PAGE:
Vietnam Homecoming: Dad’s Journey with the Honor Flight Network

My dad and Steven before Honor Flight Rochester

I remember only a handful of times when my father was overwhelmed with emotion, and tears welled in his eyes. When I got in a car accident, he arrived at the scene and saw me in a full back brace. At my sister’s wedding, he talked about the man he always imagined for her. When my siblings and I threw him and my mom a gala 50th wedding anniversary party, we invited all their friends. And this weekend, when he walked the rope line at the homecoming of mission 81 of the Honor Flight in Rochester, New York, with my husband. It was the first time I cried, too.

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What is the Honor Flight Network?

The Honor Flight Network was organized as a non-profit organization dedicated to honoring American veterans, particularly those who served during World War II, the Korean War, the Cold War, and the Vietnam War. It is a heartfelt tribute to their service. The Honor Flight initiative provides free flights for veterans and a guardian to Washington, D.C., where they embark on an overnight city tour visiting monuments created in their honor. It’s worth noting that many of these veterans, including my father, are now in their 80s, and some are even older. This initiative ensures veterans get a chance to see all the beautiful monuments constructed in their honor.

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My dad and Steven were part of a group of 61 veterans who embarked on the 81st mission of the Honor Flight which flew them from Rochester to Washington, D.C. This particular flight departed early on a Saturday morning and included a diverse array of veterans: one from World War II, 44 from the Vietnam War, 11 from the Cold War, and six from the Korean War. The Honor Flight Network conducts six such flights annually through 44 hubs nationwide. This network was established in 2006, and over the past 18 years, they’ve had the privilege of flying more than 500,000 veterans to the nation’s capital to pay homage to its monuments. To date, Honor Flights Rochester has warmly welcomed and served more than 4,000 local veterans.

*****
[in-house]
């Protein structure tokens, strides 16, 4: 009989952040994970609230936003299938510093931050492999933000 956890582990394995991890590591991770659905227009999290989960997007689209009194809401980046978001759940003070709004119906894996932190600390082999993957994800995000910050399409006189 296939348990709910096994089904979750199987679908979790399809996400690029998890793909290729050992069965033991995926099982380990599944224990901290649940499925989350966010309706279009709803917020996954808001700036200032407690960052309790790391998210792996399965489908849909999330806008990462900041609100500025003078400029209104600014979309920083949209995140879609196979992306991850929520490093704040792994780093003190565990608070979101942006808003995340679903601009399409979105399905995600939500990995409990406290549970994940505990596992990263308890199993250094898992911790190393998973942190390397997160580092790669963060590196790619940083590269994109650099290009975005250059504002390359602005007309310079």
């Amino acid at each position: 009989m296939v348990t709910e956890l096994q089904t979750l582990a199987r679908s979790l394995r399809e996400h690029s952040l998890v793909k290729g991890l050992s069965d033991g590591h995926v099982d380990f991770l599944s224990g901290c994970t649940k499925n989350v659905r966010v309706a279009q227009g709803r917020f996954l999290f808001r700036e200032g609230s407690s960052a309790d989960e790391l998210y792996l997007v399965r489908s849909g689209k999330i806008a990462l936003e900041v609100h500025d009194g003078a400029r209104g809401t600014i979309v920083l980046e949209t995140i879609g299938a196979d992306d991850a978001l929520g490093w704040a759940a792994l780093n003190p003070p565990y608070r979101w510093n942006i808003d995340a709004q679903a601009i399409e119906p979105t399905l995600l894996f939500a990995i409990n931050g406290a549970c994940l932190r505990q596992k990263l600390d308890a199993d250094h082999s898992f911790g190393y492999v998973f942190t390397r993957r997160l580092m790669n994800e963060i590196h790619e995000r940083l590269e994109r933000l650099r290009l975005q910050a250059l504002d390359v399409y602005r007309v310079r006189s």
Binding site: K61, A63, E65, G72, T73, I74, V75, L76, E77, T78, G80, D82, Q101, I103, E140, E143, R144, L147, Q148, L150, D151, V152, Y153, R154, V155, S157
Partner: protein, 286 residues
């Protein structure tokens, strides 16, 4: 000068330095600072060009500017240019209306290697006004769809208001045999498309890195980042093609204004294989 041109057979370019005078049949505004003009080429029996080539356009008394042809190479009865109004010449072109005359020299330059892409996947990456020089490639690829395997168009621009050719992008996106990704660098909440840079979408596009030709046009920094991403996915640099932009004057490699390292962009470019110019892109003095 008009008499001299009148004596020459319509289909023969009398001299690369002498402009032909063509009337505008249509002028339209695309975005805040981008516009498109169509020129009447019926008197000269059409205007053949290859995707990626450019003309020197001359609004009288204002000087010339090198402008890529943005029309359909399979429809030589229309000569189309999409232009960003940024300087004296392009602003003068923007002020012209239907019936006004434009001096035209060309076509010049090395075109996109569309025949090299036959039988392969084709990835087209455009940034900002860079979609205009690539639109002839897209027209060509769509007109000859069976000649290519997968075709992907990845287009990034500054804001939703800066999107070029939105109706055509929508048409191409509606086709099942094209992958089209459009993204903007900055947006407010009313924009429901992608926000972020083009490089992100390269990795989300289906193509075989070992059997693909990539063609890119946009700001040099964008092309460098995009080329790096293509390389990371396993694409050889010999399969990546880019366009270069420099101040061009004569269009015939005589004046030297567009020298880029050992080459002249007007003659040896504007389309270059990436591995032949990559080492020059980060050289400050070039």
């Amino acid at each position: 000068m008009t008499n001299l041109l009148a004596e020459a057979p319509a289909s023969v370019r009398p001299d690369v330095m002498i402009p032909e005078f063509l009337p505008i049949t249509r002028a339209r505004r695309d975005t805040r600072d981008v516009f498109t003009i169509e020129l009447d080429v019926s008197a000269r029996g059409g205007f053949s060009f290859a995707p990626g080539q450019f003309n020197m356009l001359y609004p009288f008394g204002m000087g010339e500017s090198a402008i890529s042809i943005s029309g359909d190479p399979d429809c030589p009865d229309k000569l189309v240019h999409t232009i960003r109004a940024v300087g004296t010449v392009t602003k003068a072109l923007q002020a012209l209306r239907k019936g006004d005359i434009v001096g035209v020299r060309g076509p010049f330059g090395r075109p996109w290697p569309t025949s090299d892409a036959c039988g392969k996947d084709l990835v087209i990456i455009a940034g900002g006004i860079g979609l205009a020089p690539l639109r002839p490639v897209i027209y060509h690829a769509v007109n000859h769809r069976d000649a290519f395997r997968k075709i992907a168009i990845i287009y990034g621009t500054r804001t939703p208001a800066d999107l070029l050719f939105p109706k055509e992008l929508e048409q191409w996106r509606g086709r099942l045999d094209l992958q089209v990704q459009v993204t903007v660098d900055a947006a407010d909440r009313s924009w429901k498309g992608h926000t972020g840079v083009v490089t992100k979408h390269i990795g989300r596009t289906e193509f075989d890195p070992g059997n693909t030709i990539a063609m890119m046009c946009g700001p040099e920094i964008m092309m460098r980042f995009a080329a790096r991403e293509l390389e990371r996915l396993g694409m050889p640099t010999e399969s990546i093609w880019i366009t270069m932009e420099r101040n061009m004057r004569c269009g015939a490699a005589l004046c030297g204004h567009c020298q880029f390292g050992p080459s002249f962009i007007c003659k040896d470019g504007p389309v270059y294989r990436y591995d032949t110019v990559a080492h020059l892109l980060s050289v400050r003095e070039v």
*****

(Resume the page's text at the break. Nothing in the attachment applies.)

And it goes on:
My Dad

Jesse Sellers is a true American hero, even though he never set out to be one all those years ago. My father enlisted in the Army right after high school. He served as an Infantryman during the Vietnam War and displayed exceptional courage. He was wounded, receiving numerous awards and accolades for his bravery. One remarkable moment included rescuing a wounded NFL player named Rocky Blier by carrying him to safety on his back.

A Look at Honor Flight’s 81st Mission

Dad had to wear a burnt-orange colored button-down shirt, which he absolutely despised, despite the fact that the color actually suited him quite well. My mother and I had both expressed our fondness for that color, but he still grumbled about it being ugly. He painstakingly ironed the wrinkles out of his shirt and my husband’s, which was a rather garish pumpkin orange and, truth be told, the uglier of the two.

My dad has always been quite a fashion-conscious individual. His wardrobe and shoe collection could rival that of most women I know. However, I can’t recall ever seeing him in anything other than shades of blue, black, brown, and, of course, his Fraternity purple and gold.

Dad and Steven had to be at the airport by 0400 for check-in and breakfast before their 0600 flight to BWI. After they left, my mother and I decided to return to bed. We arrived at the airport around noon, where clear signs guided us to the designated area for Honor Flight participants. Following the signs, we parked on the upper deck. Once inside, we checked in and were given orange wristbands required to enter the brief closing ceremony following the parade. Veterans are encouraged to invite up to 3 guests for the closing ceremony at the airport– a chance to share in the celebration of their lives.